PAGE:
Tag Archives: Southern Urban Fantasy



“Lot’s Mountain” has received its first review and it’s a 5-star rating!

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When I was a kid, my father used to often say, “I hate like thunder that …”  I knew that that meant, “I really hate that …”

But thunder was a big deal to me.  As a child, i was often afraid of the loud storms that would roll over August County, where I grew up.  One time, during a particularly bad storm, he took me into his lap and leaned me back against him.

“Don’t worry, honey,” he said.  He tried to explain how thunder was just sound.  But I didn’t get it.  Thunder sounded like something really big and mean.  Then he tried again, “Honey, you hear that awfully loud sound?”

I nodded.

“Well, that’s nothin’ to be afraid of.  It’s just the water wagon rollin’ through heaven.  That old sound, it’s just its big ole wheels turnin’.”

It’s the same story I told each one of my kids when storms have hit here.  And just like then, it works every time.



I was having trouble last night with the climax of the book.  I posted earlier about maybe having too many action sequences in the very end of the novel.  So, i sat down and wrote it out like an outline.

I needed to see it down on paper and also picture it in my head.  Doing this helped clear up some of the writer’s … well, editor’s block.  And now I’m ready to keep rolling!  Time to finish this novel!



We hear ghost stories as kids and are told of monsters.  The monster I was afraid of when I was little had no name.  I was afraid that if I stretched and had my toes outside of the covers, that a monster would come and eat them.  Weird.  Yeah.  And that you had to pretend to be asleep, or it would come and get you.  At night, we’d sleep with the windows up because we didn’t have air conditioning.  Every little sound would make me jump, thinking that whatever this was was lurking around.

What scared you as a kid?  Was there a specific ghost story or monster that stuck in your mind?



Polished one of the finally fights.  How much is too much?  I have a lot of action in the last few sequences.

Is there a point where there’s just too much action?  Have you ever written a sequence where you just have to slow it down?



Apparently, I LOVE the word “pocket”.  It appears just a little too much in the novel.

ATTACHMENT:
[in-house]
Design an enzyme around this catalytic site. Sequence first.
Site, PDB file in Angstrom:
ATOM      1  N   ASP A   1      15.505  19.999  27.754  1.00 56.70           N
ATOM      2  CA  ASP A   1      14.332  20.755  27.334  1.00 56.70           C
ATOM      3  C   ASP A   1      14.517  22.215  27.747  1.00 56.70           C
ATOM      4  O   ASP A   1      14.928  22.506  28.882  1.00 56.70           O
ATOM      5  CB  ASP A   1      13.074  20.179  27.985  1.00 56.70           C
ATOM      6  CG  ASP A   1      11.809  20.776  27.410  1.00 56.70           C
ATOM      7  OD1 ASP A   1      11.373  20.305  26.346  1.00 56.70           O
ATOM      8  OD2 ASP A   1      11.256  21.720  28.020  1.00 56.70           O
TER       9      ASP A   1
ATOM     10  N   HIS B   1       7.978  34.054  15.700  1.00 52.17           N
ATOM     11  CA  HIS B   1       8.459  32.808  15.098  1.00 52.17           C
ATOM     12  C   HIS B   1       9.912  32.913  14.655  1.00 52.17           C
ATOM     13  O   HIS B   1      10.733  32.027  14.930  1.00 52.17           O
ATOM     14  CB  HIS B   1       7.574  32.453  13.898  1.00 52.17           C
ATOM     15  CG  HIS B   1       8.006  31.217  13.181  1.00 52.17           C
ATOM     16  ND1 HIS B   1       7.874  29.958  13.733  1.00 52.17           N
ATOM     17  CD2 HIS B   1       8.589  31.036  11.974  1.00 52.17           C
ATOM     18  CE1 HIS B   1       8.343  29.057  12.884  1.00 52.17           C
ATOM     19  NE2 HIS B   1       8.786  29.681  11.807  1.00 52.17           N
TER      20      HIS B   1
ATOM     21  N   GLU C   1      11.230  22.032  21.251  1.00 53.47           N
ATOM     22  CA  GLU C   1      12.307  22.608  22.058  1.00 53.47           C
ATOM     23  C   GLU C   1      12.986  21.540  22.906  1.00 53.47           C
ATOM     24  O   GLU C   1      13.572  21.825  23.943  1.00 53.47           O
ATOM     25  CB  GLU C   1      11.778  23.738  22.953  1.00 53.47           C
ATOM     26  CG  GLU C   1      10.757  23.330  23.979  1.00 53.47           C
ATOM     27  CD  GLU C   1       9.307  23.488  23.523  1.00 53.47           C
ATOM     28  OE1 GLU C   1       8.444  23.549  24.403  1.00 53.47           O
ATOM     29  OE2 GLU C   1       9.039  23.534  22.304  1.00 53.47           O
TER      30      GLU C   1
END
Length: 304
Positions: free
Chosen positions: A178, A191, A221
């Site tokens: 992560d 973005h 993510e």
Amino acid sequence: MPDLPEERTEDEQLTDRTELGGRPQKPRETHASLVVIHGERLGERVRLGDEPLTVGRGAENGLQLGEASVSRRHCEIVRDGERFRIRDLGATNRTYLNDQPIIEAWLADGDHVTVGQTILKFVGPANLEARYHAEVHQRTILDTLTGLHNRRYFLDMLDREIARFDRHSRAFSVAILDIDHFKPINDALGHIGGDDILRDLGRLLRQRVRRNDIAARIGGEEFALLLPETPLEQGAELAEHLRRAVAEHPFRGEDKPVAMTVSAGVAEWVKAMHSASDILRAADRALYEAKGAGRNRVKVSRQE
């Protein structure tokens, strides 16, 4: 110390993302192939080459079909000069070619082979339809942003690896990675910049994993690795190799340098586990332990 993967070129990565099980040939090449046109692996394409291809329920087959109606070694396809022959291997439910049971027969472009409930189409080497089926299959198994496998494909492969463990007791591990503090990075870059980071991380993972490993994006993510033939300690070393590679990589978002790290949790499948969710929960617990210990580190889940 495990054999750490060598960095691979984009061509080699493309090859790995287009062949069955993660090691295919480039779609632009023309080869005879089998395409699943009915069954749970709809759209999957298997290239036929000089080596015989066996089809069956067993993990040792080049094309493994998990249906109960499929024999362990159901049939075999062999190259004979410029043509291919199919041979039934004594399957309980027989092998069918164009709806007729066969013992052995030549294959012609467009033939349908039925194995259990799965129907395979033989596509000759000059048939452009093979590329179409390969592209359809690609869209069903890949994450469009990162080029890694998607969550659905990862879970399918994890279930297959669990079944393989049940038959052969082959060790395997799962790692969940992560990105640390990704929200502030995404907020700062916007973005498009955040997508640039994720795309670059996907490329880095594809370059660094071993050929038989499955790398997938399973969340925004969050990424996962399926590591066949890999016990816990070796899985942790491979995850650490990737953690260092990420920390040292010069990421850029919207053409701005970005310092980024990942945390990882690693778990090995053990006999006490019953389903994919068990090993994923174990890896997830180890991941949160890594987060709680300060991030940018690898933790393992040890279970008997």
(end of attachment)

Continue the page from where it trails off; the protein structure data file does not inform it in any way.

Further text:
Pocket.  Pocket.  Pocket.

So I’m going back and switching things up a little bit.  And then it’s full speed ahead.  This way, I won’t have a ton of editing to do.  From the first novel, I learned that I end up exhausted by the end of the novel.

Do you have any words that you seem to repeat in your writing?  Anything that’s you fall back on when you get stumped?

Time for a Little Consistency


I’m getting a good view of how the book is going to end.  Now, I’m going back and fixing the consistency errors that I found through-out.  A person that has red hair, really does need to keep red hair for the entire novel.

Unless banshees really like to dye their hair …

16 pages left!


Woke up thinking about the novel.  Went to bed thinking about it.  Now, though, I know how to fix some of the things that were slightly off before.  Sleeping on it can make all the difference.

The main characters are charging forward, but there’s something waiting for them, more than they were expecting.



When I first started writing, I thought I’d start at point A and write directly to point B and then skip right on to point C.  And that was it.  That there was a set formula.  You followed the writing process how-to, you tell your story, and then off to the publisher.

Well.  Um.  No.

Before heading on to the end, I reread the beginning to make sure that the flow is going well and that I wasn’t being repetitive.  So now, I’ve gotta a clearer picture of how to bring all this together.   Now I’ve got ideas exploding in my head like a firecracker.  This thing might just work.